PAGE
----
An idea is born when you “connect the dots”.
But most people stumble because they start with too few diverse dots to connect.
The player who starts with the most number of diverse dots wins
Imagine a product-building contest using LEGO bricks.
There are two players: A and B. Each player gets a box of LEGO bricks to work with. And every “product” – a unique combination of LEGO bricks – has a 1% chance of being commercially viable.
Whoever comes up with the most number of successful products wins.
But here’s the catch.
Player A’s box only has four LEGO pieces, all black squares.
Player B’s box has a hundred LEGO pieces, in all sorts of shapes, sizes, and colors.
This game is so clearly stacked that B will win every single time.
Now imagine the spectators celebrating B as a “creative genius!”. An “inventor without equal!” The very notion would seem absurd.
B wasn’t more creative because of talent.
For all we know, Player A might actually be twice as good at connecting dots in novel ways.
Player B was more creative because she started with more dots to connect.
This imaginative LEGO contest is also how the game of creativity is played in real life. But with one key difference:
In real life, the LEGOs are invisible elements hidden in one’s brain.
That is why one person may seem more creative than another. It’s often not that they have a superior ability to synthesize elements in novel ways.
They simply stack the game in their favor by first retrieving many more dots from their memory.
The player who retrieves the most dots from their memory wins.
The human brain – Library and Workspace
We can roughly divide the human brain into two types of memory:
The long-term memory is like a vast library – with millions of diverse “mental LEGO bricks” available for creative assembly. However, it’s a cold storage. The brain won’t start connecting these dots without prompting. 📚🧊
The working memory is like a tiny workspace – where we can consciously hold, modify, and combine ideas in new ways. This is the hot zone where much of the “connecting of dots” takes place. 🔥💡
The problem is just how incredibly tiny our mental workspace is. Research estimates that our working memory can hold only about 4 “chunks” at the same time – a chunk being a grouping of 3-5 items.
What’s more, we can typically only retrieve one item at a time from our long-term memory.
Imagine you had access to a swimming pool full of LEGO bricks, but you could only retrieve them with a pair of chopsticks. 🥢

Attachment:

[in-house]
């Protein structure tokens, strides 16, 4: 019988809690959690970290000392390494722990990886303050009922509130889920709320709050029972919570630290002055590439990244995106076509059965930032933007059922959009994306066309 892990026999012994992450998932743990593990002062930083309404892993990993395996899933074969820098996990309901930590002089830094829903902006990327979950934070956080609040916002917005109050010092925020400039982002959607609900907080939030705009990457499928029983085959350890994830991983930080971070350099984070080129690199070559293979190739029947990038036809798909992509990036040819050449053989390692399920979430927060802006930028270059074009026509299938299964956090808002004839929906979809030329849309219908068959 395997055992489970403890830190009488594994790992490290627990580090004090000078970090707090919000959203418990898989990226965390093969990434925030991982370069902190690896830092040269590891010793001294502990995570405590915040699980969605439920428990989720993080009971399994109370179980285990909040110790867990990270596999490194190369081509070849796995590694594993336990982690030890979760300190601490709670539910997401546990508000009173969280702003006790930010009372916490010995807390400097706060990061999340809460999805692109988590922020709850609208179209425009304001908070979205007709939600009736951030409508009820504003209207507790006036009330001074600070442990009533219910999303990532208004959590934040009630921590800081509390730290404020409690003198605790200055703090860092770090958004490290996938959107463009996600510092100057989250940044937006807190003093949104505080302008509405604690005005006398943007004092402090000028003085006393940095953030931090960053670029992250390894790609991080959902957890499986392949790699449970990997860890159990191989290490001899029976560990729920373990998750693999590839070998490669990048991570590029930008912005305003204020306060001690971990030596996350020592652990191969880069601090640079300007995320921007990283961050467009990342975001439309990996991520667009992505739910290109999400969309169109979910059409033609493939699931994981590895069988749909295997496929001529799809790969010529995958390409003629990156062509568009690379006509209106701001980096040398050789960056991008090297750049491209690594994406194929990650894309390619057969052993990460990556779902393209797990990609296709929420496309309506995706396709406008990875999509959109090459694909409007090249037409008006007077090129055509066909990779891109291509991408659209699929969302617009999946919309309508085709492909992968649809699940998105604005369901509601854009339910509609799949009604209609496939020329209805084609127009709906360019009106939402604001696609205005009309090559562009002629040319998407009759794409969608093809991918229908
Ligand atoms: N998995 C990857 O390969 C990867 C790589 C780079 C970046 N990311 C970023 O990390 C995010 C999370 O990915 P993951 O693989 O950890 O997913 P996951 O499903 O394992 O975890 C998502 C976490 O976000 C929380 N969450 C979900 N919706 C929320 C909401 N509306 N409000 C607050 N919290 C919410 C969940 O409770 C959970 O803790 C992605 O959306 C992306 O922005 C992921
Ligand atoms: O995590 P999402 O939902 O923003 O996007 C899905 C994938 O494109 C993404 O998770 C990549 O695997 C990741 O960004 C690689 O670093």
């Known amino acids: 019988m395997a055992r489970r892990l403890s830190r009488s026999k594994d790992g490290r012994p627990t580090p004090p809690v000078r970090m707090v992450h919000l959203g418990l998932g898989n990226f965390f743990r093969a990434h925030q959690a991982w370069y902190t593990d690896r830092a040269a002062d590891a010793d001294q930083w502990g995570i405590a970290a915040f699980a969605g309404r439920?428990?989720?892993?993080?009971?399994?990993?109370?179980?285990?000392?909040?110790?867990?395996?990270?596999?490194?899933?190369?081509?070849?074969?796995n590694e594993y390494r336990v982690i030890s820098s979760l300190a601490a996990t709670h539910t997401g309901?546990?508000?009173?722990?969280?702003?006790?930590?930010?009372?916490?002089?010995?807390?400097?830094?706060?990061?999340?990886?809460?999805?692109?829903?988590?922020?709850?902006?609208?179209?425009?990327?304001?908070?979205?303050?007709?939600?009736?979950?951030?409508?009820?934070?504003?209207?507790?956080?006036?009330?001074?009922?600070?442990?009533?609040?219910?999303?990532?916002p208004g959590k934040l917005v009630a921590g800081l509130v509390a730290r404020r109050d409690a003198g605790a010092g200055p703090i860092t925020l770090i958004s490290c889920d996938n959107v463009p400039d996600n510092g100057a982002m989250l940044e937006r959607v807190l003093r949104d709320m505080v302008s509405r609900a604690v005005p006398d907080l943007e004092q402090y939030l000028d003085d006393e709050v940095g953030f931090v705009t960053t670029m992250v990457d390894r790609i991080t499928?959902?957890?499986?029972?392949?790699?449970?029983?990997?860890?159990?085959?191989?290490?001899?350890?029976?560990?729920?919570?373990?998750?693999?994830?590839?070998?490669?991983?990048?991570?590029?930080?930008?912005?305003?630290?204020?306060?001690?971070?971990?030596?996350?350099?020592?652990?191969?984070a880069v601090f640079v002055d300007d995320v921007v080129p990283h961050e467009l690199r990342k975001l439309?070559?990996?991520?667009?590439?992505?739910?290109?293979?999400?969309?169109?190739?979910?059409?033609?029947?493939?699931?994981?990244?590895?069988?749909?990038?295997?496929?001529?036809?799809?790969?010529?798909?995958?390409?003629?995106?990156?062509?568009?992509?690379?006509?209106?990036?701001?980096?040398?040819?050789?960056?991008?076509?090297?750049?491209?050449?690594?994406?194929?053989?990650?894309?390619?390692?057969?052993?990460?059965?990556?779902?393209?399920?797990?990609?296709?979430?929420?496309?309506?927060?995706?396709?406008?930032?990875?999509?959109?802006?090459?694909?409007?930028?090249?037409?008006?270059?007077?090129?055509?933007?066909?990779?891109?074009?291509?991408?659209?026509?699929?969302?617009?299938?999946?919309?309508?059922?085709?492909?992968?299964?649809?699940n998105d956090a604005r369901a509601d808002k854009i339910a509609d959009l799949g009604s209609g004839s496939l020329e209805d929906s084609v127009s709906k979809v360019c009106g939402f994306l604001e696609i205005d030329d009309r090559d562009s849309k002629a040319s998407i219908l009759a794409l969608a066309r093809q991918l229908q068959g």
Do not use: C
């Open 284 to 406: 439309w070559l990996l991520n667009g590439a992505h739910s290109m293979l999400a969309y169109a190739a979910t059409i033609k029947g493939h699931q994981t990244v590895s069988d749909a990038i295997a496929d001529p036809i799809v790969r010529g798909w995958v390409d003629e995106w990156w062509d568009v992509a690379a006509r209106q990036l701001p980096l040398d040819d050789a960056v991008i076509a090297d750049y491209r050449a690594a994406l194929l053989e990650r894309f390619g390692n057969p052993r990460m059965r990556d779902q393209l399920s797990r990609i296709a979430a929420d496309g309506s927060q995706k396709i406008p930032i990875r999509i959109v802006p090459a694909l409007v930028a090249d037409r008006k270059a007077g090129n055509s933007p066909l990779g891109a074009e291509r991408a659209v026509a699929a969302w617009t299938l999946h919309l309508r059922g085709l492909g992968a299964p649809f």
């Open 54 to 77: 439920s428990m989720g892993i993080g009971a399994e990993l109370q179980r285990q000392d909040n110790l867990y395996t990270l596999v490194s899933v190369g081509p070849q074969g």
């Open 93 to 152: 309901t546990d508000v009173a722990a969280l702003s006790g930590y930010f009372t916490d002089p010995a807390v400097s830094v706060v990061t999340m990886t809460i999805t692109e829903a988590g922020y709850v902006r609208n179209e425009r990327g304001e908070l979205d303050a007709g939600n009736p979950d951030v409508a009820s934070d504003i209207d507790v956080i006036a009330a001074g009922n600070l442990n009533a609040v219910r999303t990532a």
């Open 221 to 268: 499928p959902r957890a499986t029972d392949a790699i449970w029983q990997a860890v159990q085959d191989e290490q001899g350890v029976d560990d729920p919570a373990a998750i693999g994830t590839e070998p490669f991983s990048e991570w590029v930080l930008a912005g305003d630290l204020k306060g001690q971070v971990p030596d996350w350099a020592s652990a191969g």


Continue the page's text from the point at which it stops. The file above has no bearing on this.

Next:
Then, you could only connect as many LEGOs at the same time as can fit inside a teacup. ☕️
That’s the creative challenge we face with our brains.
Retrieve dots faster – anchor and association
So if the main obstacle is starting with too few dots, how can we speed up the process of retrieving more dots from our long-term memory?
The key is to use what I call anchor and association.
The human brain is wired to think in terms of associations. If I say the word “kitchen”, you’ll likely start thinking of words like “knife”, “fork”, “fridge”, “cooking”, “frying pan”, etc.
In this example, “kitchen” serves as the anchor. All the other items are associations to that anchor.
Anchor and association is like throwing out a small net in the LEGO pool – and fishing out all adjacent LEGOs in small batches at a time.
But to fish enough dots from the pool, you need to use multiple anchors.
ACE+S: Attributes, Components, Environment & Similarities
Let’s say you want to discover creative ideas for a banana. 🍌
To first generate enough dots, I recommend viewing the banana from three different types of anchors:
Attributes: What words would I use to describe a banana?
Components: What component parts is a banana made of?
Environments: Where and when can one find bananas?
You then create three separate lists – one for each anchor – and write down as many words you can think of using each anchor.
Finally, each word you came up with is used as a new anchor, and where you write down all Similarities to that word.
As example, here are my three lists of words:
Now that we have lots of diverse dots, then – and only then – are we start connecting them.
Most connections won’t work!
Personally, I wasn’t able to find any ideas that were novel and valuable from the following connections:
Banana + Perfume = ???
Banana + Rain = ???
Banana + Coral reef = ???
But some of my connections turned out to be much more interesting!
Banana + Butter = An organic, low-fat, and vegan alternative to normal butter. 🧈 (Already a few companies doing this).